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I have to create a table in a database and one of the fields will contain between 250 and 1000 bytes. When it comes to read-write performance, should I use VARBINARY or BINARY(1000)? Does it matter?

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closed as not a real question by Kev Nov 9 '11 at 13:25

It's difficult to tell what is being asked here. This question is ambiguous, vague, incomplete, overly broad, or rhetorical and cannot be reasonably answered in its current form. For help clarifying this question so that it can be reopened, visit the help center.If this question can be reworded to fit the rules in the help center, please edit the question.

    
Which type of server? MS SQL? –  Kev Nov 9 '11 at 0:48
    
@Kev PostGre, but it I am asking the question 'in general'. –  JVerstry Nov 9 '11 at 13:23
    
The problem with that then is that different engines will have different data storage strategies and performances. So your question is really too broad to be reasonably answered. –  Kev Nov 9 '11 at 13:24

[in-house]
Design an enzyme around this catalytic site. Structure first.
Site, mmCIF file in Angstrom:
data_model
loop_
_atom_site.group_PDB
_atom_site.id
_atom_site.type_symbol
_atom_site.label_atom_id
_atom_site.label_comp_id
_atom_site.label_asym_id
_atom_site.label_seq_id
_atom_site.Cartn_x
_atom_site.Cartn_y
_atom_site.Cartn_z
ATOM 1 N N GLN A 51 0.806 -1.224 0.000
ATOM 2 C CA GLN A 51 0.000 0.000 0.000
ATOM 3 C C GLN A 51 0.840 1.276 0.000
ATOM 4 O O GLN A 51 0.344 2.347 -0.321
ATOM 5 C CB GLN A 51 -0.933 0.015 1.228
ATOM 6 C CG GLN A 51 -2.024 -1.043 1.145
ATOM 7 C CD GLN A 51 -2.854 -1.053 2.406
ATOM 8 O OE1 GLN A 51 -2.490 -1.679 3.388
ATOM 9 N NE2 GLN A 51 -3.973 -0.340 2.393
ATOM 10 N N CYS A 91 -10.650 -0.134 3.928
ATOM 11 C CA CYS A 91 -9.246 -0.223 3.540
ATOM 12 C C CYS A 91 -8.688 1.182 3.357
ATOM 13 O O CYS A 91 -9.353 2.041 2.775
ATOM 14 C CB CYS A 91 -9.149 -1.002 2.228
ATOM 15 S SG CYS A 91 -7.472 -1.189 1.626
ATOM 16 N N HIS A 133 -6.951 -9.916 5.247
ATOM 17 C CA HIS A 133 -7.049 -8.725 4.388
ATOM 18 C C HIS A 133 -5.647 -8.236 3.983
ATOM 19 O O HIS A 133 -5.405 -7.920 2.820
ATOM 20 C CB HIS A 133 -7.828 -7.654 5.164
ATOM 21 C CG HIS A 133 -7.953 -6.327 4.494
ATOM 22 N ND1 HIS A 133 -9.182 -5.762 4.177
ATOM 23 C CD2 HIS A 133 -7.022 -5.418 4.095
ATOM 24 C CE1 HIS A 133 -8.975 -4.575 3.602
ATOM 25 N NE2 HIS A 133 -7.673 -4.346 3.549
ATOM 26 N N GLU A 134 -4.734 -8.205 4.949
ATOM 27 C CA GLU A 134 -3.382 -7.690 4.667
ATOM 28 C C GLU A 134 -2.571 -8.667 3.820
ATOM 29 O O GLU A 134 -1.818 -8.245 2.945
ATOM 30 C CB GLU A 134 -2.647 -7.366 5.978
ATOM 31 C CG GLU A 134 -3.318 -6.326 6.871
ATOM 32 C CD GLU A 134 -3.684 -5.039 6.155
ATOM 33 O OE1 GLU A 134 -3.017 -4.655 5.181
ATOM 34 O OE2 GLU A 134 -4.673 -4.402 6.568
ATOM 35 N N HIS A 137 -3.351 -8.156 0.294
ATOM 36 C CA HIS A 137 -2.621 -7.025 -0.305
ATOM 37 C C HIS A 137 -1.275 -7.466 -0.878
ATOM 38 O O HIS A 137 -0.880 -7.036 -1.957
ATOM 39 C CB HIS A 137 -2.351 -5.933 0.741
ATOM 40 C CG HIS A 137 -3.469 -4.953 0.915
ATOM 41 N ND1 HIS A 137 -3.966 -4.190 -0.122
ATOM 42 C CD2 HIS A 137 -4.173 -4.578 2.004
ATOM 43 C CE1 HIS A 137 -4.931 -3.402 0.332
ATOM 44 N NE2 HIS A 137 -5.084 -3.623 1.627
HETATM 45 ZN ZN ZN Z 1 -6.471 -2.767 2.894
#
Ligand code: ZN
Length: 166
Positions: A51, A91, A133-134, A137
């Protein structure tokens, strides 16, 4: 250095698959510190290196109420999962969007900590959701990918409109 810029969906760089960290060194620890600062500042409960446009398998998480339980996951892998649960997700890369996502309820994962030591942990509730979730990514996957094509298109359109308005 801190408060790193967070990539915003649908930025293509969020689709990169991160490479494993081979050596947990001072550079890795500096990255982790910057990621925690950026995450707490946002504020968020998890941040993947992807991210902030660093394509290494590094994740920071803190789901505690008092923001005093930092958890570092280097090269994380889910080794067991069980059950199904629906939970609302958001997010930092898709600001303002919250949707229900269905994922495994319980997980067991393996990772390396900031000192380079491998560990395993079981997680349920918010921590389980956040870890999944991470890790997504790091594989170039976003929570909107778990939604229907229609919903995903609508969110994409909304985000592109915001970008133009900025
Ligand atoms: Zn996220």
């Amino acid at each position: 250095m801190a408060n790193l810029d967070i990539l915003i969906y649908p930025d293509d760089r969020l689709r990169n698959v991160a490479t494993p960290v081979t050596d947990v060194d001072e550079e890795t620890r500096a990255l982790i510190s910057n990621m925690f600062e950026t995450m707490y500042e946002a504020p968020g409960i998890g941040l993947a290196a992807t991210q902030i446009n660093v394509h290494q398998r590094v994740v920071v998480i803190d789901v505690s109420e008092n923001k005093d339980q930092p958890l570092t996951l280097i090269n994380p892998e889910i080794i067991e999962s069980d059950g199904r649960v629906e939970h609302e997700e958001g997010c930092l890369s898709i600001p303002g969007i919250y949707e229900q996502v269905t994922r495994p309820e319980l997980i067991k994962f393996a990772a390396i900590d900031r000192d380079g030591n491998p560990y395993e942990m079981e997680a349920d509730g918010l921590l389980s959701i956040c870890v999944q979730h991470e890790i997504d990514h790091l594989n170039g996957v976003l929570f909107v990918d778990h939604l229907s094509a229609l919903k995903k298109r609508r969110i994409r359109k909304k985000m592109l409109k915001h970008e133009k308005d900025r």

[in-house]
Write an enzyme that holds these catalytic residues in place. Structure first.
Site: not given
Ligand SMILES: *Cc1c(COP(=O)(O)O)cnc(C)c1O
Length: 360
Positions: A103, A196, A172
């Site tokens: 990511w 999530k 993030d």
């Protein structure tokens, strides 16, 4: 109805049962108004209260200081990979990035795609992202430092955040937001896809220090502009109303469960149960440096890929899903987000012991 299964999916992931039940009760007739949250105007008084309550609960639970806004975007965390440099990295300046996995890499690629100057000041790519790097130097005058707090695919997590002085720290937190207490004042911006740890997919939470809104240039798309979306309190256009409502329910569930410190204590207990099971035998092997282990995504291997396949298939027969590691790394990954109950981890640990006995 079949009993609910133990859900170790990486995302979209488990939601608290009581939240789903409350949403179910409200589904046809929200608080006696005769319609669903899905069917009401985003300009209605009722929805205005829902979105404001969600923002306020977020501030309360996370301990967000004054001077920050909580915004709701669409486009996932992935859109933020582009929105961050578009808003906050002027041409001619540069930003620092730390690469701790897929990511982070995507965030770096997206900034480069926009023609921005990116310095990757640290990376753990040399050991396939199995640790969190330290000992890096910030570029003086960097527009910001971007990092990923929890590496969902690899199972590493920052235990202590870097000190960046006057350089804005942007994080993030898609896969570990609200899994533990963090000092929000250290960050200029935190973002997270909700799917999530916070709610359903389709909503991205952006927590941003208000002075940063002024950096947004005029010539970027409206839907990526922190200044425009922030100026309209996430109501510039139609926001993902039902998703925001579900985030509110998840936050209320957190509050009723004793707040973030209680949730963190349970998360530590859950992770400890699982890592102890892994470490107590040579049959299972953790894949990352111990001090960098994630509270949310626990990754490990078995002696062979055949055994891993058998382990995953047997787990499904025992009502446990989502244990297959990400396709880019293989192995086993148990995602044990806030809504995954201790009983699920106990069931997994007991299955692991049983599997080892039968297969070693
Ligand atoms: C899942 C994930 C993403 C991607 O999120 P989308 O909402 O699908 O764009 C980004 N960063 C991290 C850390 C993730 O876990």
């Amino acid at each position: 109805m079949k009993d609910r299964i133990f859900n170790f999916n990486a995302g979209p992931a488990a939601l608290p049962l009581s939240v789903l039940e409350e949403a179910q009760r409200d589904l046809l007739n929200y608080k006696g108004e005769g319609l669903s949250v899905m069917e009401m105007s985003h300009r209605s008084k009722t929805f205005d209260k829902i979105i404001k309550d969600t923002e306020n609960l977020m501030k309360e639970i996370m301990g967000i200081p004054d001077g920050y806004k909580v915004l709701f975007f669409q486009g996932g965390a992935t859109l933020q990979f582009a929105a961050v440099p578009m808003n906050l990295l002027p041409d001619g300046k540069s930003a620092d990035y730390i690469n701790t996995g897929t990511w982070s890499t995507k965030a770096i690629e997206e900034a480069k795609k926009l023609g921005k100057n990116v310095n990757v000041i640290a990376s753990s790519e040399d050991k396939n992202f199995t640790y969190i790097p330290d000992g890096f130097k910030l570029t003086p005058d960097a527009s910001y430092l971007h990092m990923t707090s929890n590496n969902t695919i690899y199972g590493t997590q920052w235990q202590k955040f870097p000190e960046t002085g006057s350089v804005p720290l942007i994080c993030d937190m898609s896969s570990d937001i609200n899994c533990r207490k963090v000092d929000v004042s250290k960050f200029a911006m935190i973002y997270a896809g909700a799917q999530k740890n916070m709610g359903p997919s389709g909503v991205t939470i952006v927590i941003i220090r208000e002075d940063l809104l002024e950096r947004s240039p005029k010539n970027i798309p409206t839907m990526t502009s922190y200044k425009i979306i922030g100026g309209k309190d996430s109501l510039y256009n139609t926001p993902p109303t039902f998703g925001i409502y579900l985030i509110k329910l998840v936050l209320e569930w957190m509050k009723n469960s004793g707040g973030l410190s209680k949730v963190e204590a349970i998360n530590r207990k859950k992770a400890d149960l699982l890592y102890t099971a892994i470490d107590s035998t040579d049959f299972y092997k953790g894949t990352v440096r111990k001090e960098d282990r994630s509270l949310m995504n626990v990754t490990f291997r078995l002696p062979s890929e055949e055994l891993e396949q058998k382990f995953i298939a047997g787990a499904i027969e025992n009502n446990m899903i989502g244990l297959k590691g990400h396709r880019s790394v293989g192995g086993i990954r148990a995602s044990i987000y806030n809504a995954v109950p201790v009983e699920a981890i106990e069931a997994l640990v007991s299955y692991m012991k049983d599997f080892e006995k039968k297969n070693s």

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2 Answers

As per this Reference, you should be using varbinary. binary is for fixed length, and your requirement is a variable-length field.

As for performance, I don't know if there'd be a difference. The best way to find out would be to view the execution plan or run a trace to see performance. I would safely assume that it is similar performance and negligable difference, although I'd still use varbinary at least if only for the reason you have a variable length requirement.

EDIT: this post assumes SQL Server. Please clarify your RDBMS.

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My first thought on this would be: Test it If you could make some quick tables and load some data into them with the different datatypes then query off of that. I would think that would give you a pretty good indication of which would be the better to use. Sorry i don't have any concrete data to give you on performance, but i think that would be a fairly legit test for the answer. I'm interested in your results if you decide to go that route :)

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